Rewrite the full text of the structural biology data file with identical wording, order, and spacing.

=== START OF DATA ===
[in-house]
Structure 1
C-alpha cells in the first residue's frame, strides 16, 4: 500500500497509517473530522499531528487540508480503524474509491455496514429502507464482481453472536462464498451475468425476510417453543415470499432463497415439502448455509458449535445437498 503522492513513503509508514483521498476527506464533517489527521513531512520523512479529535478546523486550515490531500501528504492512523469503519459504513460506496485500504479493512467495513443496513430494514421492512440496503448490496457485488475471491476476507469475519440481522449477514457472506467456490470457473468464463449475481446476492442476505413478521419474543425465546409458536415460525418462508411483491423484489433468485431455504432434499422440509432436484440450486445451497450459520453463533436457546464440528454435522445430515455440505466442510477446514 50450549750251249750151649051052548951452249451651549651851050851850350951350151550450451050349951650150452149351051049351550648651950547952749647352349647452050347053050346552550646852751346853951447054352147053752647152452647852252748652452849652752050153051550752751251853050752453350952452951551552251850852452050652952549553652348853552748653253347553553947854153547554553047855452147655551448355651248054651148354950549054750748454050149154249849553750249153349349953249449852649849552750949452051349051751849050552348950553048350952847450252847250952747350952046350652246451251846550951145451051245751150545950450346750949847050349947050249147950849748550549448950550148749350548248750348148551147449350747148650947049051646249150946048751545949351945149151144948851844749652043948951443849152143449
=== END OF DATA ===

[in-house]
Structure 1
C-alpha cells in the first residue's frame, strides 16, 4: 500500500497509517473530522499531528487540508480503524474509491455496514429502507464482481453472536462464498451475468425476510417453543415470499432463497415439502448455509458449535445437498 503522492513513503509508514483521498476527506464533517489527521513531512520523512479529535478546523486550515490531500501528504492512523469503519459504513460506496485500504479493512467495513443496513430494514421492512440496503448490496457485488475471491476476507469475519440481522449477514457472506467456490470457473468464463449475481446476492442476505413478521419474543425465546409458536415460525418462508411483491423484489433468485431455504432434499422440509432436484440450486445451497450459520453463533436457546464440528454435522445430515455440505466442510477446514 50450549750251249750151649051052548951452249451651549651851050851850350951350151550450451050349951650150452149351051049351550648651950547952749647352349647452050347053050346552550646852751346853951447054352147053752647152452647852252748652452849652752050153051550752751251853050752453350952452951551552251850852452050652952549553652348853552748653253347553553947854153547554553047855452147655551448355651248054651148354950549054750748454050149154249849553750249153349349953249449852649849552750949452051349051751849050552348950553048350952847450252847250952747350952046350652246451251846550951145451051245751150545950450346750949847050349947050249147950849748550549448950550148749350548248750348148551147449350747148650947049051646249150946048751545949351945149151144948851844749652043948951443849152143449